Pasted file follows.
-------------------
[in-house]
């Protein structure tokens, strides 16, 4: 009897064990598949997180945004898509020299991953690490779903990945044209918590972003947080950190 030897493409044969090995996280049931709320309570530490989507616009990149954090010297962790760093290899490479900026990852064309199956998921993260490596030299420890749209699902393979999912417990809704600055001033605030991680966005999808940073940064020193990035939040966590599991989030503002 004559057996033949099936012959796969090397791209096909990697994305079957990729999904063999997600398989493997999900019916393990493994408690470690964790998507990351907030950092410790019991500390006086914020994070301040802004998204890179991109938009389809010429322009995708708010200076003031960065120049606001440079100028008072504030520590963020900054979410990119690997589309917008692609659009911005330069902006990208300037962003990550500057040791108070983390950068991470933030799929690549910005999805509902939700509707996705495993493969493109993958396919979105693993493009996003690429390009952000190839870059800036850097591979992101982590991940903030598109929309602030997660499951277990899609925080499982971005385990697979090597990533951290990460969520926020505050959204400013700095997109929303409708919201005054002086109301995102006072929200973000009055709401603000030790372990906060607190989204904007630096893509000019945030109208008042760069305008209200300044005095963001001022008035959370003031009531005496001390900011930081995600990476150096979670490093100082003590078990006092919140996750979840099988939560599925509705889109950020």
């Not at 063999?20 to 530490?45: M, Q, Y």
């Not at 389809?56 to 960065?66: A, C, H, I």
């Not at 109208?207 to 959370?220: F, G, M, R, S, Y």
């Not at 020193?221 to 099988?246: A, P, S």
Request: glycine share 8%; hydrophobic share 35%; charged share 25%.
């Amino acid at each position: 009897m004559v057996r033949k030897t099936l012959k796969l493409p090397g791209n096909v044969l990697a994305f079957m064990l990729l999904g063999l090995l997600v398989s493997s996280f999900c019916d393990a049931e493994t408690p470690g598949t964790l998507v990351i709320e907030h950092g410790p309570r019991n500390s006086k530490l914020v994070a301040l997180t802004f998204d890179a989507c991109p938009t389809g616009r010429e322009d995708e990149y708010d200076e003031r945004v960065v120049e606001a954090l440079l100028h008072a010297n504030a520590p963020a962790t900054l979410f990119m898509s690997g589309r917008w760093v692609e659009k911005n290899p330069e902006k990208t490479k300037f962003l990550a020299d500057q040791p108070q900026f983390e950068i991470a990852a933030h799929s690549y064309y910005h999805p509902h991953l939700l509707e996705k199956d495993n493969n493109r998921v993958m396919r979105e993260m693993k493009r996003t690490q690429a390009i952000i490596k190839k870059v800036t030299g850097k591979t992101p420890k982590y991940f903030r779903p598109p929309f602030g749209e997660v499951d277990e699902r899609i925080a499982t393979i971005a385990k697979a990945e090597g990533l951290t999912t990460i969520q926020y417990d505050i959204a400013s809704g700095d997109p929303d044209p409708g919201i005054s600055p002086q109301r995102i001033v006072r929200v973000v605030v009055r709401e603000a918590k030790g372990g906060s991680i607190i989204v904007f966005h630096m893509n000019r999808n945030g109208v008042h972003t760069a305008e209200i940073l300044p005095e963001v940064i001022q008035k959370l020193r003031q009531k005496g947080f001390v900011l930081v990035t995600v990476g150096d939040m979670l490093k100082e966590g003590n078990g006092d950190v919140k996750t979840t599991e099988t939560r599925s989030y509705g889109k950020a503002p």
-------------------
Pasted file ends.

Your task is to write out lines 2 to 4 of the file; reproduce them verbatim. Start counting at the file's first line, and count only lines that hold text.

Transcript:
């Protein structure tokens, strides 16, 4: 009897064990598949997180945004898509020299991953690490779903990945044209918590972003947080950190 030897493409044969090995996280049931709320309570530490989507616009990149954090010297962790760093290899490479900026990852064309199956998921993260490596030299420890749209699902393979999912417990809704600055001033605030991680966005999808940073940064020193990035939040966590599991989030503002 004559057996033949099936012959796969090397791209096909990697994305079957990729999904063999997600398989493997999900019916393990493994408690470690964790998507990351907030950092410790019991500390006086914020994070301040802004998204890179991109938009389809010429322009995708708010200076003031960065120049606001440079100028008072504030520590963020900054979410990119690997589309917008692609659009911005330069902006990208300037962003990550500057040791108070983390950068991470933030799929690549910005999805509902939700509707996705495993493969493109993958396919979105693993493009996003690429390009952000190839870059800036850097591979992101982590991940903030598109929309602030997660499951277990899609925080499982971005385990697979090597990533951290990460969520926020505050959204400013700095997109929303409708919201005054002086109301995102006072929200973000009055709401603000030790372990906060607190989204904007630096893509000019945030109208008042760069305008209200300044005095963001001022008035959370003031009531005496001390900011930081995600990476150096979670490093100082003590078990006092919140996750979840099988939560599925509705889109950020």
């Not at 063999?20 to 530490?45: M, Q, Y």
């Not at 389809?56 to 960065?66: A, C, H, I």